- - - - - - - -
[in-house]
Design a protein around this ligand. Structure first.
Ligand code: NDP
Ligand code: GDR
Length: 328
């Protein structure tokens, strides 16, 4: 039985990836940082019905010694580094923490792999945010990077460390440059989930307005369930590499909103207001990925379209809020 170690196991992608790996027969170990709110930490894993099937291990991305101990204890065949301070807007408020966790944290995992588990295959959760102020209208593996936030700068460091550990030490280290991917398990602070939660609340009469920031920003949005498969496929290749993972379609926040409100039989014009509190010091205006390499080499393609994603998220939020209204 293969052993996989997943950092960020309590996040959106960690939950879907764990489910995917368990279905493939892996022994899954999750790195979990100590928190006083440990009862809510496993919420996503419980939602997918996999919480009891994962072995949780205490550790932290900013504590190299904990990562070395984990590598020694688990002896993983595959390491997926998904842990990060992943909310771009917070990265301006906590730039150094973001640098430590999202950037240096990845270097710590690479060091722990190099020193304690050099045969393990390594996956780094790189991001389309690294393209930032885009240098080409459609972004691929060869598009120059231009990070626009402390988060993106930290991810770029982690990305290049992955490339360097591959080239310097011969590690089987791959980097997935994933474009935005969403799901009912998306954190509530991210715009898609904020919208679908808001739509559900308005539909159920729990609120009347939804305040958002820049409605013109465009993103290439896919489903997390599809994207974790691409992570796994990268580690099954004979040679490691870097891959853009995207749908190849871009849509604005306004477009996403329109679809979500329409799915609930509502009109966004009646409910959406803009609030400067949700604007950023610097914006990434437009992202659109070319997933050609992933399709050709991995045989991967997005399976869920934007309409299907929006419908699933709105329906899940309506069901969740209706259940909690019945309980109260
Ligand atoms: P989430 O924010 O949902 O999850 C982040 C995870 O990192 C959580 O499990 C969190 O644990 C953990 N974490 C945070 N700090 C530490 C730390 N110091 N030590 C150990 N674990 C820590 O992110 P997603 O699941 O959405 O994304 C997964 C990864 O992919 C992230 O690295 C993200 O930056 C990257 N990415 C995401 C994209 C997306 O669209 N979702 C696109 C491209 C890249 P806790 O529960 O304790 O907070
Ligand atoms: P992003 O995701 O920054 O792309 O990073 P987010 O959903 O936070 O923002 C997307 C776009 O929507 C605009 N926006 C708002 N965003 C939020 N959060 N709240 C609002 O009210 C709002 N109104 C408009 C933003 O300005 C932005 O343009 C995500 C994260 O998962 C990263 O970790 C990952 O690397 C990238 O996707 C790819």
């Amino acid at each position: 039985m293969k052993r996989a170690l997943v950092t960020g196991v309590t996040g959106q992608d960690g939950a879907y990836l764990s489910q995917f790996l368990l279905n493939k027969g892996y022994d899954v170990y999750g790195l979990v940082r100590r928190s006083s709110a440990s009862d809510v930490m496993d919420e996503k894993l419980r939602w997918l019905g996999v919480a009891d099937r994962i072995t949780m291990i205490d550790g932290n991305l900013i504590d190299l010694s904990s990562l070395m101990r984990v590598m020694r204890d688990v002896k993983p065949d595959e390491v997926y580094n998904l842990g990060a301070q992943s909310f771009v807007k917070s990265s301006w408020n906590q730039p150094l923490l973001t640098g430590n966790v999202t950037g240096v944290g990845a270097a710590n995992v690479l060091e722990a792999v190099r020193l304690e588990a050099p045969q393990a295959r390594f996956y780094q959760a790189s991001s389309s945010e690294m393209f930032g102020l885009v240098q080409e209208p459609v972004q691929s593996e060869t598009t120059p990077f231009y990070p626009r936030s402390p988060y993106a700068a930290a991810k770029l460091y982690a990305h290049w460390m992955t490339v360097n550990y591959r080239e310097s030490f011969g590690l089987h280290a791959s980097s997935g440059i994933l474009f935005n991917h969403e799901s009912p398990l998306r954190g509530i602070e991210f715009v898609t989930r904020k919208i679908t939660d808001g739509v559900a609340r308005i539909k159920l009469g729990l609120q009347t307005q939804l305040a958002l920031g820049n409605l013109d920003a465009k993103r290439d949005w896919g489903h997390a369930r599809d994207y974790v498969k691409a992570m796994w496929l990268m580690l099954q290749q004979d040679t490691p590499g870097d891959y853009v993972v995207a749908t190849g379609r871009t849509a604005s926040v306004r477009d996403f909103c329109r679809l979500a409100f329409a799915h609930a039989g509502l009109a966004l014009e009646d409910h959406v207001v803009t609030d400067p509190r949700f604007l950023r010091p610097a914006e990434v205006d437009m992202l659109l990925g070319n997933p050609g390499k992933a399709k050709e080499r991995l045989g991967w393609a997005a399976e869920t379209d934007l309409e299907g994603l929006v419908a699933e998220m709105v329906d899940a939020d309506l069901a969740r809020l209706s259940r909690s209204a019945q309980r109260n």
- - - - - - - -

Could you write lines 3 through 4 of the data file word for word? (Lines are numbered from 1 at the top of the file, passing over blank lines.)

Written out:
Ligand code: NDP
Ligand code: GDR